Meet Julieanne, a Madagascar ring-tailed lemur (Lemur catta) who moved to Shy Wolf Sanctuary in December 2015 with her best friend Koopa the Kinkajou. She was approximately 1 year old at the time and had spent the last 8 months exclusively living with Koopa as a pet in a private home.
Female Lemurs are female dominant, which is what brought Julieanne to need a new home. Her owner loved her very much, but was starting to be attacked by this animal she had raised as her “baby”. Koopa was not a problem, but was rehomed with Julieanne since they seemed to be so bonded.
Julieanne appears to prefer men and adored a friend of the owner. It’s our hope that some of our male volunteers will be able to cultivate this same type of bond with her.
Despite reproducing readily in captivity and being the most populous lemur in zoos worldwide, numbering more than 2,000 individuals, the Ring-tailed Lemur is listed as endangered by the IUCN Red List (International Union for Conservation of Nature) due to habitat destruction and hunting for bush meat and the exotic pet trade. They are one of the most vocal primates and use different calls for group cohesion and alarm warnings. Ring-tailed Lemurs are diurnal (active during the day), omnivorous (eat plants & animals), and terrestrial.
Florida Fish and Wildlife Conservation Commission (FWC) regulates exotic animals. Since the Lemur and Kinkajou are not on the list requiring Class I (most dangerous), Class II, or those not requiring a permit, they fall under the Class III license of “all other regulated exotics”. This is a free online permit and is how exotic pet stores can sell lemurs, kinkajous, skunks, or foxes.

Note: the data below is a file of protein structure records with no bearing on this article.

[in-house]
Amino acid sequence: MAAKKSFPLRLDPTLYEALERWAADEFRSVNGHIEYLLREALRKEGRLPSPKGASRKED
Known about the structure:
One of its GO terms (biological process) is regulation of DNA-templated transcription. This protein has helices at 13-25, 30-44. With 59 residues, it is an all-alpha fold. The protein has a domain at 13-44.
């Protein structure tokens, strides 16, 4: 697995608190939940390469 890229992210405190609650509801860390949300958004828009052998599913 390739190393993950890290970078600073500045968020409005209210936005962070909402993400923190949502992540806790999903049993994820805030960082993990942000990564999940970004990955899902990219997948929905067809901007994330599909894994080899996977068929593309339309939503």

We hope people will learn from Julieanne and Koopa’s story and reconsider buying exotic pets from pet stores.
11/05/16 We have enjoyed Julieanne and are pleased that she has found a new place where she can enjoy other lemurs of her own kind. Nancy and Melanie transported her to a primate facility in Jacksonville, FL and we are happy to report she is loving her new habitat!
“She arrived safe and sound. She is set up in the Lemur Lodge and since she was so relaxed, we went ahead and let some of the other lemurs into the rooms next to her. She is busy figuring out the new sights and sounds, but bravely. Your volunteers are staying at a nearby hotel and going to check back in on her in the morning before heading back. I’m pleased that she is not as fearful of the other lemurs as some others were at arrival. I think she will settle in and find a group quickly. She’s a pretty girl.”
President & Founder
Endangered Primate Foundation